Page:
Initially forming under the name Apteka, the Chicago, IL-based psych rock quartet Pink Frost, currently comprised of founding members Adam Lukas (vocals, guitar) and Paige Sandilin (guitar) and newest members Alex Shumard (bass) and Jesse Hozeny (drums), have released 2011’s debut Gargoyle Days and 2014’s Sundowning to critical praise both locally and nationally from Pitchfork, SPIN Magazine, Noisey, Magnet Magazine, and Chicago Reader for a sound that had been compared favorably to RIDE, Smashing Pumpkins, Dinosaur, Jr. and Deerhunter. And adding to a growing national profile, the band had material from Sundowning placed in the major motion picture, The Lookalike and TV series such as The Vampire Diaries and CSI: Miami.
If you had been frequenting this site over the past 2 years or so, you may recall that the Chicago-based band released a painstakingly remixed and re-mastered edition of their debut effort, from the original analog masters to better reflect their live sound at the time — and with artwork reflecting the band’s name change, as a both a metaphorical and literal rebirth. And at the time, I wrote about Gargoyle Days’ second single, the seemingly The Posies’ “Ontario,” Foo Fighters‘ “This Is A Call” and The Black Angels’ “Telephone“-inspired “Where Days Go.” However, four years have passed since a full-length album of original material from the Chicago-based psych rockers and in that time, they’ve gone through a series of changes that have influenced the band’s songwriting approach, their overall sound and the material’s thematic concerns. Now, as I hinted at earlier, the band went through a massive lineup change — and as the band’s Adam Lukas explains in press notes, Gargoyle Days addresses a collective sense of abrupt changes. “There is a sentimentality or a sense of loss that permeates most of the songs,” Lukas says. “Whether it’s the loss of truth, the ones you love, your place in the universe, or general sense of meaning in changing landscapes.”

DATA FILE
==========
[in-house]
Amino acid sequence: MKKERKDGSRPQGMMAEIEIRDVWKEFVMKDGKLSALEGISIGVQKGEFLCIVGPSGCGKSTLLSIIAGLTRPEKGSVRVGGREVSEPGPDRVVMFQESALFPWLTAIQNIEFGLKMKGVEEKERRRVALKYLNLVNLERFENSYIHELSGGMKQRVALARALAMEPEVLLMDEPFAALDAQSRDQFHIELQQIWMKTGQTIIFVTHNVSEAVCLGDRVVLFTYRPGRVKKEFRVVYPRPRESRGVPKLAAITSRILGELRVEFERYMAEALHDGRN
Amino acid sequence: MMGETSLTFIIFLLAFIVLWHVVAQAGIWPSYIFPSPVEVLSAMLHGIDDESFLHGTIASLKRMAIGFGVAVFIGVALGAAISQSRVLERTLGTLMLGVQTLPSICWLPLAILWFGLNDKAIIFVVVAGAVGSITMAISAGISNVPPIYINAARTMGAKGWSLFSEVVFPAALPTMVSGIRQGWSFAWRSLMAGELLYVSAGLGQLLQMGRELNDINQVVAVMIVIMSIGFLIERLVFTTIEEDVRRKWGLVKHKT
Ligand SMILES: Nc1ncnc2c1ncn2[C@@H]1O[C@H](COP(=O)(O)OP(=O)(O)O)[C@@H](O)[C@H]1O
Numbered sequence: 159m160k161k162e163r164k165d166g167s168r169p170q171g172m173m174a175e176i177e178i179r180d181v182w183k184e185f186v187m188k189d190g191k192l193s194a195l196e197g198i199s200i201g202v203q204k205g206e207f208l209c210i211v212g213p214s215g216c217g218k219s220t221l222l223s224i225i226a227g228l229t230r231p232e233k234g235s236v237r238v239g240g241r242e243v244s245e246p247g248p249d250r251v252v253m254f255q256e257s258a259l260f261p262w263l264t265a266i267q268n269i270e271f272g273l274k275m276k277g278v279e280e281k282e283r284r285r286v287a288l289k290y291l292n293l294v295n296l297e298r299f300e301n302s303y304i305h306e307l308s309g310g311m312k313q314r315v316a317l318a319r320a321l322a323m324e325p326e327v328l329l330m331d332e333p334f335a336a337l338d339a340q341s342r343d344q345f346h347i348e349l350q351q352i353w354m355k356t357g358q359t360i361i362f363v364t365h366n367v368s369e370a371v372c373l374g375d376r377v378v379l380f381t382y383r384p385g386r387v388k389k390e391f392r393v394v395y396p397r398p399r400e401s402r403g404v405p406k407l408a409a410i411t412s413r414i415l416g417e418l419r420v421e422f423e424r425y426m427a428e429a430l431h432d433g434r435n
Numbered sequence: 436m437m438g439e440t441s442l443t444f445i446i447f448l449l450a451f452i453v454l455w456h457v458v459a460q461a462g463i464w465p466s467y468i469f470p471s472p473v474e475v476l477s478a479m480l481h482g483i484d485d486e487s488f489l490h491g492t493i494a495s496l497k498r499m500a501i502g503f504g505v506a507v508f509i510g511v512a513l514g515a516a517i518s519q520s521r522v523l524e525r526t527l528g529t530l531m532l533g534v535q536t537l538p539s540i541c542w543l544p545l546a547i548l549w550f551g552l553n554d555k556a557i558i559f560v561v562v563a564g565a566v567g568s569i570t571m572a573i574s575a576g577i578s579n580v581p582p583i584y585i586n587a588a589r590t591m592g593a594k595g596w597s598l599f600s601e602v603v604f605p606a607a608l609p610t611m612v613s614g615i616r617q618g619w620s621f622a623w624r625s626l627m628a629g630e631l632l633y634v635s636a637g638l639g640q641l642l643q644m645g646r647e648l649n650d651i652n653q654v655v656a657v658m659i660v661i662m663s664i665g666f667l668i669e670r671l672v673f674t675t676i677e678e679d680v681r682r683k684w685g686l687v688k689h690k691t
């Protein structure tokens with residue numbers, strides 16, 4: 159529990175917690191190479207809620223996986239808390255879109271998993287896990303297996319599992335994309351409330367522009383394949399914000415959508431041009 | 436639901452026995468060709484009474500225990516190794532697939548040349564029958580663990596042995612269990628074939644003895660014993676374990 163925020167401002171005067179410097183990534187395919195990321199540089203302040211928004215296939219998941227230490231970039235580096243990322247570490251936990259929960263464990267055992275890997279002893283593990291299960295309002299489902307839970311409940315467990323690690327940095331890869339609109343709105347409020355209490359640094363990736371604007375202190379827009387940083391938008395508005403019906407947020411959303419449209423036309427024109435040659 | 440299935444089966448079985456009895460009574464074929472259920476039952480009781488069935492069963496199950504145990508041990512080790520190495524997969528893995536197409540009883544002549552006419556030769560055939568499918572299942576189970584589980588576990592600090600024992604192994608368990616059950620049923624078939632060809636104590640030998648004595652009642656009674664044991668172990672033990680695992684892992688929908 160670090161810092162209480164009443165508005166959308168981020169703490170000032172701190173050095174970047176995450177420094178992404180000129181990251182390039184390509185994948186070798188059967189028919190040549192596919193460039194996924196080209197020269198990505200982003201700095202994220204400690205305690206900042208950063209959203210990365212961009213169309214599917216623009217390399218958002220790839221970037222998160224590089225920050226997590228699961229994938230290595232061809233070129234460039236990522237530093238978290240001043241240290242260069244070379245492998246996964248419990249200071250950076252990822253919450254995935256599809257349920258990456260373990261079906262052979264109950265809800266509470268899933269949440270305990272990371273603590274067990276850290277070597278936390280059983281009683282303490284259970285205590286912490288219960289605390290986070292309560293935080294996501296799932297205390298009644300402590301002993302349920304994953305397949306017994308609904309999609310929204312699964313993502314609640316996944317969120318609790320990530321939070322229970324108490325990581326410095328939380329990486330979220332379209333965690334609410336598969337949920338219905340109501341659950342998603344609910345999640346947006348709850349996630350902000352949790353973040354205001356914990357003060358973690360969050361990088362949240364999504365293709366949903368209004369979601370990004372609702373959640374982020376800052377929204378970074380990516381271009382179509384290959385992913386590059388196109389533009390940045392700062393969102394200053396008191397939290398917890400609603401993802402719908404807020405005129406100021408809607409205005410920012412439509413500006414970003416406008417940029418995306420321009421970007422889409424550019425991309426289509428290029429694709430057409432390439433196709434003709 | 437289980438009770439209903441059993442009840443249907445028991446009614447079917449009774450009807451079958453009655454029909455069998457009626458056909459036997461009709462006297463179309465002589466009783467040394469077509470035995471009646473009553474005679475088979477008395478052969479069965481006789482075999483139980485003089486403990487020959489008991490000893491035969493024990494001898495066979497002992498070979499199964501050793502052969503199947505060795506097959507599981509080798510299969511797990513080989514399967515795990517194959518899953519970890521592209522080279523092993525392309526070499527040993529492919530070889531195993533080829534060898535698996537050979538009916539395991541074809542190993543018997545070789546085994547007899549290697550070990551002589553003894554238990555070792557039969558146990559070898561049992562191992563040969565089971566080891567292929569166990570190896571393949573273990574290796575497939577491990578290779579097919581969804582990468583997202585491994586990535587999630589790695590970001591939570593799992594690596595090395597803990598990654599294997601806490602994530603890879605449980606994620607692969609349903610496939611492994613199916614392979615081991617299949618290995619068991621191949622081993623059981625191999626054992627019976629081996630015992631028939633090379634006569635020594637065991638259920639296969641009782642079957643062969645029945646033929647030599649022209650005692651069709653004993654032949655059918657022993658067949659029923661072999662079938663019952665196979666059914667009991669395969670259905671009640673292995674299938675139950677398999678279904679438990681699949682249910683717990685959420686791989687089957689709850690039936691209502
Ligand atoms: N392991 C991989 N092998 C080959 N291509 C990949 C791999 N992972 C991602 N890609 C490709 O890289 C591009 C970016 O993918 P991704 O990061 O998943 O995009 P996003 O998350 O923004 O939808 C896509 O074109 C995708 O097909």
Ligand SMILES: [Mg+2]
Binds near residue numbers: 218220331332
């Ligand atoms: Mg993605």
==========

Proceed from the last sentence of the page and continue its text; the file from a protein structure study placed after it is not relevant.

The recently released New Minds, reportedly finds the band’s material at points becoming much more introspective — and while the more straight ahead rock-leaning material manages to be heavier and darker, their more spacey, shoegazer-like material manages to be much more introspective and with more delicate melodies. “Bare Roots,” New Minds’ first single was a power chord-based barn-burner that sounds as though it draws from Black Sabbath and Led Zeppelin. And while continuing in a similar, power chord-based, arena rock vein, the album’s latest single “Seek and Recover” manages to nod at 90s alt rock — in particular Foo Fighters, as the song manages to pair a polished studio sound, a radio-friendly accessibility and an arena rock swagger, completed with rousing hooks.